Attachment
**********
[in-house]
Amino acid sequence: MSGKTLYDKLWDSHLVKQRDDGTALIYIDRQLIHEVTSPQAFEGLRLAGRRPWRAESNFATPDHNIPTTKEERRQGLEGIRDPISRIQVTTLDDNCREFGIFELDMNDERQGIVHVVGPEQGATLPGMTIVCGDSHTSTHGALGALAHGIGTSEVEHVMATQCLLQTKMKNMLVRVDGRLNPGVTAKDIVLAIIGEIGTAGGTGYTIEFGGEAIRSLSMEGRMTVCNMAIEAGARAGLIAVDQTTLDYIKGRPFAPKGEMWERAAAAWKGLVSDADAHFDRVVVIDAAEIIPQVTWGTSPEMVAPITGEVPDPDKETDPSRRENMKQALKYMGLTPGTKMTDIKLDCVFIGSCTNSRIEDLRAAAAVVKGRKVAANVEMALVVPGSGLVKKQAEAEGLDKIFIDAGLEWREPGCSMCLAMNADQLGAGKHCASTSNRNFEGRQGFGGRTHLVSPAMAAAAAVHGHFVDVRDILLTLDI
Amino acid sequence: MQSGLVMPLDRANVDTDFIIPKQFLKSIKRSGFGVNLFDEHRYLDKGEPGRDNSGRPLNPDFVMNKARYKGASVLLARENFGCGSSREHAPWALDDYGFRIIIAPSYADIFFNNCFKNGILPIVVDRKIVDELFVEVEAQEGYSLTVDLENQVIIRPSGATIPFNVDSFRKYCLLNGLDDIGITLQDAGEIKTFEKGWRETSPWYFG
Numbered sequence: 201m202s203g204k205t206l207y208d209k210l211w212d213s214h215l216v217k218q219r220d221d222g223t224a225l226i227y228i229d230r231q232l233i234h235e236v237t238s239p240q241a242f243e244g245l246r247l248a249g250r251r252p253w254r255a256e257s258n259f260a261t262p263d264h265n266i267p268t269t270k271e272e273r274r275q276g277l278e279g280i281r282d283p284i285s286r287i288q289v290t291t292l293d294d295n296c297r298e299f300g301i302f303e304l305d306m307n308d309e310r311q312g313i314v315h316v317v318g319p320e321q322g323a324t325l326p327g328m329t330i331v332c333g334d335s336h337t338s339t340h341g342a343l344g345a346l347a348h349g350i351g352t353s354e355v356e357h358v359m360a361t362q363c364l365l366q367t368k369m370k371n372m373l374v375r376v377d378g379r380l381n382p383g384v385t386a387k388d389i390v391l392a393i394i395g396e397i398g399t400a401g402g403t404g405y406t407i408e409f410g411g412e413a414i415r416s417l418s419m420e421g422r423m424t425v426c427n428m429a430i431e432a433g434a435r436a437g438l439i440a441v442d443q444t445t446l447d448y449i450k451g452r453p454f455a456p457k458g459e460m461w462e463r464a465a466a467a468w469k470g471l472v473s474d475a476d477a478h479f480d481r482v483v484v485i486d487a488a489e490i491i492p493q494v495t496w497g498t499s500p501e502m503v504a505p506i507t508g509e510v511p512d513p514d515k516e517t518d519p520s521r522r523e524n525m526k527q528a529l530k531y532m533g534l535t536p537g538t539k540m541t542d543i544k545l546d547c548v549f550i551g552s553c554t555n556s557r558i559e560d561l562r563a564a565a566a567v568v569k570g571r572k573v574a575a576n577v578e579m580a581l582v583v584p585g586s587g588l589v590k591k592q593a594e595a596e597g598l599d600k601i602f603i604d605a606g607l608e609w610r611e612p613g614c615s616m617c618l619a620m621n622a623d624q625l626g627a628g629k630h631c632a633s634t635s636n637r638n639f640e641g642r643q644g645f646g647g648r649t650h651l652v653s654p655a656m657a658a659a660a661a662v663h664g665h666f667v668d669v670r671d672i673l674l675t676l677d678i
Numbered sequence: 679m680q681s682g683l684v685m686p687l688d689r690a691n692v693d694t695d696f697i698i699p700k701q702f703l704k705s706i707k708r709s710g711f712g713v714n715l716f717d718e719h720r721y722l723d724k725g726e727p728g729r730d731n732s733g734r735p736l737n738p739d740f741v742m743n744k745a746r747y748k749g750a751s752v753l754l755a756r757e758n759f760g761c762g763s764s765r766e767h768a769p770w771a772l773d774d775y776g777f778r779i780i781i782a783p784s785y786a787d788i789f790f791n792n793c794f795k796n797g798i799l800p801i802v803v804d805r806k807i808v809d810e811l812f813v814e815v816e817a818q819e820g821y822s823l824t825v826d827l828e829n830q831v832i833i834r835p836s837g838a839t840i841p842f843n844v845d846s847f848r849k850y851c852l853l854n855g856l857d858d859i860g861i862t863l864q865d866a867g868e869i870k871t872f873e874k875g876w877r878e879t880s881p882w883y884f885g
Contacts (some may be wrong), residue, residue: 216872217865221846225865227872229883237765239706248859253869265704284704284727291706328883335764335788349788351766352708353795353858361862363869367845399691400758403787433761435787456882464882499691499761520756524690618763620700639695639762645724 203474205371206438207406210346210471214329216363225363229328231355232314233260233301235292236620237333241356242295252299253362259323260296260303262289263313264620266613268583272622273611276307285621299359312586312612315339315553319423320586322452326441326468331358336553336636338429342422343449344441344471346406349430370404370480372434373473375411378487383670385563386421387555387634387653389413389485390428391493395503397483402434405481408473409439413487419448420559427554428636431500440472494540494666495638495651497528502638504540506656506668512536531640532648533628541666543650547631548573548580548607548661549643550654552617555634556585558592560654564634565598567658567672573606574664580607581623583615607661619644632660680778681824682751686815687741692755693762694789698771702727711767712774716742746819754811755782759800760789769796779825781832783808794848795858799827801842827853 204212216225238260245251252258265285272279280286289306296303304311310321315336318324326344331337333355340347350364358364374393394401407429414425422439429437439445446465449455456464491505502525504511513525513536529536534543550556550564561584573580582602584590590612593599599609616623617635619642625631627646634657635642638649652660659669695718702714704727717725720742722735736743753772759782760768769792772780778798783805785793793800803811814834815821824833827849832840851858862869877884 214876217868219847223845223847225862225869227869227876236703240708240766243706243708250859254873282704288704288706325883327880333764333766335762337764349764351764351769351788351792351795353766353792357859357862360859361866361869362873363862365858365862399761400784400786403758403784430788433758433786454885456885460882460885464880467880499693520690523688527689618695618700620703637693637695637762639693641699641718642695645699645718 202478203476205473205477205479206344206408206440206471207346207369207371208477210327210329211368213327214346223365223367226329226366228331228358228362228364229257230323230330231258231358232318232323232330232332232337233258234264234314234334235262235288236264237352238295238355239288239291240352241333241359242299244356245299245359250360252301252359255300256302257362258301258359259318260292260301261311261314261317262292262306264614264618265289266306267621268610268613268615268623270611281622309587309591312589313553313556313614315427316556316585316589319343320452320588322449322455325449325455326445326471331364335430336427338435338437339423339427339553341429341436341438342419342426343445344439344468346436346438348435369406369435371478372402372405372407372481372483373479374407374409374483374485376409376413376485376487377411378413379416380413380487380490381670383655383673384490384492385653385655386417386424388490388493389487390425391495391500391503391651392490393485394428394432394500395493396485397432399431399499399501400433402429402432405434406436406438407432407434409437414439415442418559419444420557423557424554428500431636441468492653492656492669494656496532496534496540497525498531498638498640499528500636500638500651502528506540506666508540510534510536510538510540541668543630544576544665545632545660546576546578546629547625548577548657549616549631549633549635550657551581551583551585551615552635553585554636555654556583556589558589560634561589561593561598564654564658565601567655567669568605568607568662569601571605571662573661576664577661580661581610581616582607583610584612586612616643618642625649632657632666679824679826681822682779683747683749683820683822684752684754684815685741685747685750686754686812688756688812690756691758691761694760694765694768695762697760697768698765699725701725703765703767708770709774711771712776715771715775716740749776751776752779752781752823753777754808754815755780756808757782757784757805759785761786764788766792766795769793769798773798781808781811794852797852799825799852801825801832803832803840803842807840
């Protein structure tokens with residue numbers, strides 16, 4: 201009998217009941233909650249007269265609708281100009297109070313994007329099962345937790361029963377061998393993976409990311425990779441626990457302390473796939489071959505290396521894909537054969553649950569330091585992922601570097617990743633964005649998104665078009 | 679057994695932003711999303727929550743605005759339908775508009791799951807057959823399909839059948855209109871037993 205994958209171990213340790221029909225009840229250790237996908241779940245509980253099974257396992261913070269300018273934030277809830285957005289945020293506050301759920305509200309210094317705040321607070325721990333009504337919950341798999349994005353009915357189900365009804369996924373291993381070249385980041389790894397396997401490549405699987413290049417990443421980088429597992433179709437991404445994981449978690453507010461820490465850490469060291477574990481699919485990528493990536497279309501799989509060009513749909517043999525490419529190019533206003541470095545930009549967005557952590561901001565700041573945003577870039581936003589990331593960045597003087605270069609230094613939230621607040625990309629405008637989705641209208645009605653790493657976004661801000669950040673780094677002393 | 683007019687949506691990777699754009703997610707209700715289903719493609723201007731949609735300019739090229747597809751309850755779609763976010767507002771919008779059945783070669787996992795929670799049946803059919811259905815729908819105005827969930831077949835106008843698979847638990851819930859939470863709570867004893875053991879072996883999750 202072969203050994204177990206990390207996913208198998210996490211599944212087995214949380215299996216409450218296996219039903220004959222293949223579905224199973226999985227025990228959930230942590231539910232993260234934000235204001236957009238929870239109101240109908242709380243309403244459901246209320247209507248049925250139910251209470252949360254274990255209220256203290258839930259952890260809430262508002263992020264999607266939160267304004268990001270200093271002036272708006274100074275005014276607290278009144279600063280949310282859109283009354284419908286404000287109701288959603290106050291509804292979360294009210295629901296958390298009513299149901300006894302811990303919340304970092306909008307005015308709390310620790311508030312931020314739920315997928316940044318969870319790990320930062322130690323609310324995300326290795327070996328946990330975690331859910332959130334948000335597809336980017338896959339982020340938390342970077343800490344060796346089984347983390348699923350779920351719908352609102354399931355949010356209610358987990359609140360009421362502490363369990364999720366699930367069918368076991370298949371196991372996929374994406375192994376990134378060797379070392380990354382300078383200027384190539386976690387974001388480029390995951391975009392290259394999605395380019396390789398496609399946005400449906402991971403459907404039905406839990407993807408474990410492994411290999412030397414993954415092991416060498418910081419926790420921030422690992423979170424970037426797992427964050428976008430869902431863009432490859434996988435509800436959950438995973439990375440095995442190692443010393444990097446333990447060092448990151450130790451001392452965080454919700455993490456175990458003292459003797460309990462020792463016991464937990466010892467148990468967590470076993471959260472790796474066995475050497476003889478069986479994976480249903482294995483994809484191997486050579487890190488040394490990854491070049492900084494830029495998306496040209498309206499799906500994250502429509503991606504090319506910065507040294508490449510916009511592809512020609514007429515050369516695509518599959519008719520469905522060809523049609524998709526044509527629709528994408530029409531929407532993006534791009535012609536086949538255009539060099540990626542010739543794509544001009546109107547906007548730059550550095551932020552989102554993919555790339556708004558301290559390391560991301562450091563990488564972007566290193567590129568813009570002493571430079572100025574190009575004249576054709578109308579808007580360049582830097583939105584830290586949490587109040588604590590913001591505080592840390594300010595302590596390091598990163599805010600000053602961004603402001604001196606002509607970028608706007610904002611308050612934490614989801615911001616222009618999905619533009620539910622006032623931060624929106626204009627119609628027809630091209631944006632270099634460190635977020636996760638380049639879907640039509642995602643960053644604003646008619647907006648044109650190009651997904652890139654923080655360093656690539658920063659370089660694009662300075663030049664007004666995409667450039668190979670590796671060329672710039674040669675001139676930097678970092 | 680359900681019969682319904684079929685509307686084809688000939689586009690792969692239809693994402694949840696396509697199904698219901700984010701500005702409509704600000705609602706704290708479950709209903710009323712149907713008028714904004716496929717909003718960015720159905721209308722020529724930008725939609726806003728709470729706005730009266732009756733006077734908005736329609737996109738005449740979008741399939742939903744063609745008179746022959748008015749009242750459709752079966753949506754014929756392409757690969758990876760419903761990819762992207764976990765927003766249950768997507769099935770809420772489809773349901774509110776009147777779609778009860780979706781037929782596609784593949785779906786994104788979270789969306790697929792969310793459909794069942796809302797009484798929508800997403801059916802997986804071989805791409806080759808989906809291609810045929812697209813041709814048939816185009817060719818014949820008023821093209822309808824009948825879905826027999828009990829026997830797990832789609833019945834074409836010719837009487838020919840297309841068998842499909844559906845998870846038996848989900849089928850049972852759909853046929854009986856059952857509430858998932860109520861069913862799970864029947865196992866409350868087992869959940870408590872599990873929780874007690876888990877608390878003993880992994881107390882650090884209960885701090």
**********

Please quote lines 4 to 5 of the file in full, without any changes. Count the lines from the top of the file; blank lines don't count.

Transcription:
Numbered sequence: 201m202s203g204k205t206l207y208d209k210l211w212d213s214h215l216v217k218q219r220d221d222g223t224a225l226i227y228i229d230r231q232l233i234h235e236v237t238s239p240q241a242f243e244g245l246r247l248a249g250r251r252p253w254r255a256e257s258n259f260a261t262p263d264h265n266i267p268t269t270k271e272e273r274r275q276g277l278e279g280i281r282d283p284i285s286r287i288q289v290t291t292l293d294d295n296c297r298e299f300g301i302f303e304l305d306m307n308d309e310r311q312g313i314v315h316v317v318g319p320e321q322g323a324t325l326p327g328m329t330i331v332c333g334d335s336h337t338s339t340h341g342a343l344g345a346l347a348h349g350i351g352t353s354e355v356e357h358v359m360a361t362q363c364l365l366q367t368k369m370k371n372m373l374v375r376v377d378g379r380l381n382p383g384v385t386a387k388d389i390v391l392a393i394i395g396e397i398g399t400a401g402g403t404g405y406t407i408e409f410g411g412e413a414i415r416s417l418s419m420e421g422r423m424t425v426c427n428m429a430i431e432a433g434a435r436a437g438l439i440a441v442d443q444t445t446l447d448y449i450k451g452r453p454f455a456p457k458g459e460m461w462e463r464a465a466a467a468w469k470g471l472v473s474d475a476d477a478h479f480d481r482v483v484v485i486d487a488a489e490i491i492p493q494v495t496w497g498t499s500p501e502m503v504a505p506i507t508g509e510v511p512d513p514d515k516e517t518d519p520s521r522r523e524n525m526k527q528a529l530k531y532m533g534l535t536p537g538t539k540m541t542d543i544k545l546d547c548v549f550i551g552s553c554t555n556s557r558i559e560d561l562r563a564a565a566a567v568v569k570g571r572k573v574a575a576n577v578e579m580a581l582v583v584p585g586s587g588l589v590k591k592q593a594e595a596e597g598l599d600k601i602f603i604d605a606g607l608e609w610r611e612p613g614c615s616m617c618l619a620m621n622a623d624q625l626g627a628g629k630h631c632a633s634t635s636n637r638n639f640e641g642r643q644g645f646g647g648r649t650h651l652v653s654p655a656m657a658a659a660a661a662v663h664g665h666f667v668d669v670r671d672i673l674l675t676l677d678i
Numbered sequence: 679m680q681s682g683l684v685m686p687l688d689r690a691n692v693d694t695d696f697i698i699p700k701q702f703l704k705s706i707k708r709s710g711f712g713v714n715l716f717d718e719h720r721y722l723d724k725g726e727p728g729r730d731n732s733g734r735p736l737n738p739d740f741v742m743n744k745a746r747y748k749g750a751s752v753l754l755a756r757e758n759f760g761c762g763s764s765r766e767h768a769p770w771a772l773d774d775y776g777f778r779i780i781i782a783p784s785y786a787d788i789f790f791n792n793c794f795k796n797g798i799l800p801i802v803v804d805r806k807i808v809d810e811l812f813v814e815v816e817a818q819e820g821y822s823l824t825v826d827l828e829n830q831v832i833i834r835p836s837g838a839t840i841p842f843n844v845d846s847f848r849k850y851c852l853l854n855g856l857d858d859i860g861i862t863l864q865d866a867g868e869i870k871t872f873e874k875g876w877r878e879t880s881p882w883y884f885g